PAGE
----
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Cigarette smoking declined significantly among 8th, 10th, 12th graders in 2003 from 2002, as reported by the University of Michigan’s Monitoring the Future Study. In 2003, 10.2 percent, 16.7 percent, and 24.4 percent of 8th, 10th, and 12th graders, respectively, reported smoking in the 30 days preceding the survey, compared to 10.7, 17.7, and 26.7 percent in 2002. These figures represent a 51.4 percent, 45 percent, and 33 percent decline in smoking for 8th, 10th, and 12th graders, respectively, since these levels peaked in 1996 and 1997. The younger age groups have shown the largest improvement over this time period. Researchers speculate that these declines resulted from an increase in the perceived risk and disapproval of smoking, an increase in cigarette price, and a decline in access to cigarettes.

The prevalence of smoking among teens increased substantially between 1991 and 1996. These increases occurred in virtually every socio-demographic group: both sexes, those planning on attending college and not, those living in all four regions of the country, those living in rural or urban areas, and among Whites, Blacks, and Hispanics. Since 1996, rates have consistently declined across all demographic groups. Although absolute rates of smoking have declined among adolescents, certain subgroups are less likely to smoke than others. Students who are not college-bound are more likely to smoke than college-bound high school students and Black adolescents are less likely to smoke cigarettes than White adolescents. The decline in rates of cigarette smoking since 1996 is likely to have important long-term health consequences for this generation of adolescents.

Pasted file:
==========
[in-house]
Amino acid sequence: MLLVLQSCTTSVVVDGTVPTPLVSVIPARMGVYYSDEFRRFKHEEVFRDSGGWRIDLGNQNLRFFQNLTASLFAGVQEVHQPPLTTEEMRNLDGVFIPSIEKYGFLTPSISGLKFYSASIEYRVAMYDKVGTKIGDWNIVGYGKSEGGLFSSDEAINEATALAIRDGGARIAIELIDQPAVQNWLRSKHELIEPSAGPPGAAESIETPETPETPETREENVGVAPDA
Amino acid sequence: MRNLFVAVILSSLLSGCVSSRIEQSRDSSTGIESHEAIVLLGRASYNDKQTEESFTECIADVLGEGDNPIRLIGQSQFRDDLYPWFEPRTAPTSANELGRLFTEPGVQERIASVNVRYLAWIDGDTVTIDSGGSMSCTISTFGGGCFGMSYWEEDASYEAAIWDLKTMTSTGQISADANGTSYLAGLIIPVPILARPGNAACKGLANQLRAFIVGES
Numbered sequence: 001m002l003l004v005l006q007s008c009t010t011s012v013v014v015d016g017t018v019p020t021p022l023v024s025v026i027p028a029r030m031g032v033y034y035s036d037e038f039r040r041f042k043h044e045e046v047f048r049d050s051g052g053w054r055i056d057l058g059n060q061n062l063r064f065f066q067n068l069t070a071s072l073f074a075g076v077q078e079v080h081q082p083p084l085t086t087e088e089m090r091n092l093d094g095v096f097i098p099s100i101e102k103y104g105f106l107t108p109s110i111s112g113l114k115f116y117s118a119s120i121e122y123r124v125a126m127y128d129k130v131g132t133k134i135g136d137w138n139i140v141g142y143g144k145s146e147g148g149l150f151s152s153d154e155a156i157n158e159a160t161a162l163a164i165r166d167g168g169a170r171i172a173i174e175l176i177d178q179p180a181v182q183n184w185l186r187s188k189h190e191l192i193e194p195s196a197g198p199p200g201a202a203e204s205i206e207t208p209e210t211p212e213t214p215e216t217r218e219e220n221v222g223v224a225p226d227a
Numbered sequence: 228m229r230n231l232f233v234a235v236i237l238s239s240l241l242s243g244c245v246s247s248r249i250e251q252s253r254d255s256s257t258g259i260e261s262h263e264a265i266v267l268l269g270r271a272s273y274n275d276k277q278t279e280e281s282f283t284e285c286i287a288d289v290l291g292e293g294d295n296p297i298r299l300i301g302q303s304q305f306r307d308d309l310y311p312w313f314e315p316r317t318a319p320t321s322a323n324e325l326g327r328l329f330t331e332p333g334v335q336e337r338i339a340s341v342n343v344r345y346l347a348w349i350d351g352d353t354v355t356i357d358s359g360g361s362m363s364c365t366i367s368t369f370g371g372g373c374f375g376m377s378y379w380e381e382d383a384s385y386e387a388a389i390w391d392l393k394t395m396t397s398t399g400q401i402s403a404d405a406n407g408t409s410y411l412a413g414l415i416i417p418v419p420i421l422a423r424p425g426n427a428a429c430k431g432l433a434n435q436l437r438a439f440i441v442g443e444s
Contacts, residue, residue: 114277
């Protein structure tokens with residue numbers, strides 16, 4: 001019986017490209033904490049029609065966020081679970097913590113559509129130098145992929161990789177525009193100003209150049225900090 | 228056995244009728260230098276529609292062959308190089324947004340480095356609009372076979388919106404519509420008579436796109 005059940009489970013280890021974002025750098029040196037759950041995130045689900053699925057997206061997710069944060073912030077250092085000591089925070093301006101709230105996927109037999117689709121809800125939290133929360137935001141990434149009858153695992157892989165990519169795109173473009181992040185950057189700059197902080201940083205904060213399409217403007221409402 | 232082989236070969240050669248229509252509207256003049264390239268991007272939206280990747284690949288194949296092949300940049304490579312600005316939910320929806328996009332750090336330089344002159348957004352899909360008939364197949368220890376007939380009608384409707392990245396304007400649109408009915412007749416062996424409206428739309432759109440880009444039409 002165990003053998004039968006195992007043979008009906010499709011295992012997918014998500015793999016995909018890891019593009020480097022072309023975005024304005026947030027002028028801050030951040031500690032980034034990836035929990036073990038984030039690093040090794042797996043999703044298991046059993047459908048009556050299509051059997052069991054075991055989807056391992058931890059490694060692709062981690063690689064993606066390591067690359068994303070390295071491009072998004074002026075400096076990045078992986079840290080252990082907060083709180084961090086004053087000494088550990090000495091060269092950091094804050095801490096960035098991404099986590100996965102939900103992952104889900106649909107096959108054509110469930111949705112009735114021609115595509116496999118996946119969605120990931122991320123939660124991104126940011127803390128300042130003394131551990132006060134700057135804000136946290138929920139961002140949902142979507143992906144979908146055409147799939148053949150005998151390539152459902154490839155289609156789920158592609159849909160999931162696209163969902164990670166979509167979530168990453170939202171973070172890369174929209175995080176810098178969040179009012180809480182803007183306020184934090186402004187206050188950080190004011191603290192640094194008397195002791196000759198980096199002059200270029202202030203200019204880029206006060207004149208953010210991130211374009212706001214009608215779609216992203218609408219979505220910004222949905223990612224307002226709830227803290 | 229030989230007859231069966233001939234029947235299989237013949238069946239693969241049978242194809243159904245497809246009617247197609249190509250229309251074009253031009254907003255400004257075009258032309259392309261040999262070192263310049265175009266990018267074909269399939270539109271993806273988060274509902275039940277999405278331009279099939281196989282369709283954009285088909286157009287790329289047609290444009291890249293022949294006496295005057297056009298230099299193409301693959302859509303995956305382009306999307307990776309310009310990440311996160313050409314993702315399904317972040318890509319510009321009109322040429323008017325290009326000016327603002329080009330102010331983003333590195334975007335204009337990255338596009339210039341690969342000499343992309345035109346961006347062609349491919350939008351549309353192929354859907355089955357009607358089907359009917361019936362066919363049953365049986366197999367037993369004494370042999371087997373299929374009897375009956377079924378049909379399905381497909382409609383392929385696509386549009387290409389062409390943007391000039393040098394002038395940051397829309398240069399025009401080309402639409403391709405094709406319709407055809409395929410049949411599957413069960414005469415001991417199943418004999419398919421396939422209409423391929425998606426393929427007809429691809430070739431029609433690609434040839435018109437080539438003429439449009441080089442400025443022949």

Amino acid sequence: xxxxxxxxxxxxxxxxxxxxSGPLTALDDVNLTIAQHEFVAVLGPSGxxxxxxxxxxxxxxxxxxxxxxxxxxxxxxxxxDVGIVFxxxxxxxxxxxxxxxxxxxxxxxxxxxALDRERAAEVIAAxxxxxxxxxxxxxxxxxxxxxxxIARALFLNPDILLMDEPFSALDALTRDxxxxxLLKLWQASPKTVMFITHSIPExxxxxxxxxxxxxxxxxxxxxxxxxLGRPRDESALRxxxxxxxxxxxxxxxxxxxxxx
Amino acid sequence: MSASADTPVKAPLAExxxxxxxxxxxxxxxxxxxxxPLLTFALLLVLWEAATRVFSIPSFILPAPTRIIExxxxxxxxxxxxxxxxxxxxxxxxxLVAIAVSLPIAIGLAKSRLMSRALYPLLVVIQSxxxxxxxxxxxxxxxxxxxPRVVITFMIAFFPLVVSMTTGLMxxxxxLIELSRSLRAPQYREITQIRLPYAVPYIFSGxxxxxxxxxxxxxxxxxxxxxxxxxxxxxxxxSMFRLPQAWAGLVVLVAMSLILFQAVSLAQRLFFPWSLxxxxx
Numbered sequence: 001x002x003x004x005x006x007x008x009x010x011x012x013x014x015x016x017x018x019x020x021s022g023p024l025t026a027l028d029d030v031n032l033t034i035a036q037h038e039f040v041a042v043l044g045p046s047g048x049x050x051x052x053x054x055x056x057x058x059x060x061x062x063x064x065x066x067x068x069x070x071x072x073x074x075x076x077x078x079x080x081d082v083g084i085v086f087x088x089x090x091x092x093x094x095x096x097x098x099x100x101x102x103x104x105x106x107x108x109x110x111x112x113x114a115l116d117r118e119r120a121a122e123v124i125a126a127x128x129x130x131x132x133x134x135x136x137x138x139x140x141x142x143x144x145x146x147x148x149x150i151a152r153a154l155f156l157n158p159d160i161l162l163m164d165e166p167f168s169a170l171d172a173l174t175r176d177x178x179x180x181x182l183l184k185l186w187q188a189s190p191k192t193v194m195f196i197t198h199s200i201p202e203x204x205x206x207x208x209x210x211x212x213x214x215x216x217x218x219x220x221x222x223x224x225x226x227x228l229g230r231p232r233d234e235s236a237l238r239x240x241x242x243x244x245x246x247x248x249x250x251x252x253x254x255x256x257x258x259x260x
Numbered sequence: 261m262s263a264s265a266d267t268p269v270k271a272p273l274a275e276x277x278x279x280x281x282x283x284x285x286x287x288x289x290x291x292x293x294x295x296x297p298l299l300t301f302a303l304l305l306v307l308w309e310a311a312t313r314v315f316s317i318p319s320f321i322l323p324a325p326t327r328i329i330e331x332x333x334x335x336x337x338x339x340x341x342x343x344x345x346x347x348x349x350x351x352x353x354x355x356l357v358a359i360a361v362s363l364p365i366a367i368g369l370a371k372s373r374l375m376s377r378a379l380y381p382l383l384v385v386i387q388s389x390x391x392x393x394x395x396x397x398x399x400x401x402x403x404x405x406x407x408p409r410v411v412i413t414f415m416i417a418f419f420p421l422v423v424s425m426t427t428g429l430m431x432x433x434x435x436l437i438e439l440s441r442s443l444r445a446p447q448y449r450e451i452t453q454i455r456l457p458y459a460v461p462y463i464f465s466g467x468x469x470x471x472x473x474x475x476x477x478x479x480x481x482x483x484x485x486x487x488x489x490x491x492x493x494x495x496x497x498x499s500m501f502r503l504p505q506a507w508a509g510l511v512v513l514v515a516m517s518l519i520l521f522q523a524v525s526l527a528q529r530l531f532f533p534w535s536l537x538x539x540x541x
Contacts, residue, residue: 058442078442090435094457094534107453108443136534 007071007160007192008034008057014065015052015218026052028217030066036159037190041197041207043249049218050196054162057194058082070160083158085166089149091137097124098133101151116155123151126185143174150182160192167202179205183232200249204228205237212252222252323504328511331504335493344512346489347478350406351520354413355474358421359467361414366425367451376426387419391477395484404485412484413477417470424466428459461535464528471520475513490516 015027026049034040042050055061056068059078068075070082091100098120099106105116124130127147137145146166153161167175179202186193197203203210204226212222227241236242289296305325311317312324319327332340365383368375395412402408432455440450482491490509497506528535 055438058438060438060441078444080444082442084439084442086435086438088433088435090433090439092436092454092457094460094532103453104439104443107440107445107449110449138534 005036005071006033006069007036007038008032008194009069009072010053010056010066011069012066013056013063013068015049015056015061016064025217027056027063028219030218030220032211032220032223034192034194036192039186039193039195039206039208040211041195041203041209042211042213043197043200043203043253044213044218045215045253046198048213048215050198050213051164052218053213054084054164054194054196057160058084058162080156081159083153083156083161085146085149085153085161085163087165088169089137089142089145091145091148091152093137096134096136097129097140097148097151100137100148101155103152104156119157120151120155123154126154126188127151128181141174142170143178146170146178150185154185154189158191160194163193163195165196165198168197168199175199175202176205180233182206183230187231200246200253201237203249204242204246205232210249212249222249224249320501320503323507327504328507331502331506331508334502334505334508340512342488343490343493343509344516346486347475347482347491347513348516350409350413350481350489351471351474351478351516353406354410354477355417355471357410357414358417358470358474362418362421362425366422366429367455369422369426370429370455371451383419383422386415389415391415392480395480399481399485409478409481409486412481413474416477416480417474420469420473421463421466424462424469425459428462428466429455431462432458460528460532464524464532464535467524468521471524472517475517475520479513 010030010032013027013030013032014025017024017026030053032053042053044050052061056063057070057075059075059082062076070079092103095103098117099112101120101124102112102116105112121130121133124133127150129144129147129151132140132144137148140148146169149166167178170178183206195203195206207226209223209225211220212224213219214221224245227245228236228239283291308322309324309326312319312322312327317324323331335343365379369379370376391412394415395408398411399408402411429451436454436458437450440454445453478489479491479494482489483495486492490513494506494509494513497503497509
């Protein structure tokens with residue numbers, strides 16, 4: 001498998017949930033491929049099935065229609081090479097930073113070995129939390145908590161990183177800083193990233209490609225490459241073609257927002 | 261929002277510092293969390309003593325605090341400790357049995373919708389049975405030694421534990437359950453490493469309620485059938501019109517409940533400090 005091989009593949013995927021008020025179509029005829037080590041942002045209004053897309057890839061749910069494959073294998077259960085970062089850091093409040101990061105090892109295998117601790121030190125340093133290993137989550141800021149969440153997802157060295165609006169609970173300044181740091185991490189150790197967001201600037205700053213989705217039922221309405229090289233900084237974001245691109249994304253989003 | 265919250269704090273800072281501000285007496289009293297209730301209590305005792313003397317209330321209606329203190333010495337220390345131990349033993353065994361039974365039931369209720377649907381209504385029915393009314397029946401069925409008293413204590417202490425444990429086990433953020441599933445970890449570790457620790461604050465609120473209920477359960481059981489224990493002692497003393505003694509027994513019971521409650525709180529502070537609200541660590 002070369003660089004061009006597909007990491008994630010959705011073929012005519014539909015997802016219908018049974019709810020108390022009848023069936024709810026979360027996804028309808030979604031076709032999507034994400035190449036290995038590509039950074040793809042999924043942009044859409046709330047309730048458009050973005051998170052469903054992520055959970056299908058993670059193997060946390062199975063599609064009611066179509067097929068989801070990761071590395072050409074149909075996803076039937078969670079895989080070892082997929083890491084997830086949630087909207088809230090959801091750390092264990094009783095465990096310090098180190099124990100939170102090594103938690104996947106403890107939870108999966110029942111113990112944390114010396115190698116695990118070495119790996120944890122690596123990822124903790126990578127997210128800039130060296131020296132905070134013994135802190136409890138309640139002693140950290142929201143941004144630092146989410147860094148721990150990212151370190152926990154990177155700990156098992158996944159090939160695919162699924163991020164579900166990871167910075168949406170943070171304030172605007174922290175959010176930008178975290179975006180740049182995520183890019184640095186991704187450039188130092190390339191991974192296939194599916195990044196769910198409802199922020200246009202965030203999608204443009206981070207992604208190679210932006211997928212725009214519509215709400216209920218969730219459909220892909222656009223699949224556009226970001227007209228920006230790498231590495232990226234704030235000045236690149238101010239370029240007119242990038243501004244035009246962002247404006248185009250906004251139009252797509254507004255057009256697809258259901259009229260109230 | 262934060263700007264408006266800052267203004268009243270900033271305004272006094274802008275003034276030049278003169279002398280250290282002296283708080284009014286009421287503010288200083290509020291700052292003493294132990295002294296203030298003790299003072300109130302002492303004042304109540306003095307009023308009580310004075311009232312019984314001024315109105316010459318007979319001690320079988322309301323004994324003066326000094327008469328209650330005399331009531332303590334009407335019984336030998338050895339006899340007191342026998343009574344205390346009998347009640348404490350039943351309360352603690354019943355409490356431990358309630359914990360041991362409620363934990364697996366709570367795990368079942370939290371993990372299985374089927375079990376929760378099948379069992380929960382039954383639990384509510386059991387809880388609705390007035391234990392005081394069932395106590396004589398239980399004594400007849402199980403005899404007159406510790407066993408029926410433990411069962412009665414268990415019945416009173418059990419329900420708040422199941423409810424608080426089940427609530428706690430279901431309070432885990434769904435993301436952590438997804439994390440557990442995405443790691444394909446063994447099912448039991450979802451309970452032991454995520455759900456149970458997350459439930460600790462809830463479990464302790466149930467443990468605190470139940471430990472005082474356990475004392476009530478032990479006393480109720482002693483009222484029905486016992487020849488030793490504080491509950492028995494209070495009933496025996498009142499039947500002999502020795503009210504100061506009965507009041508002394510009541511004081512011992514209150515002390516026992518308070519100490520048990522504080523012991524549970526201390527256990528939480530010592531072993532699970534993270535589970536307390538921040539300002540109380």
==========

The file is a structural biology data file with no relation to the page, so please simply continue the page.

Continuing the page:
Graph: Cigarette Use Among High School Students[d]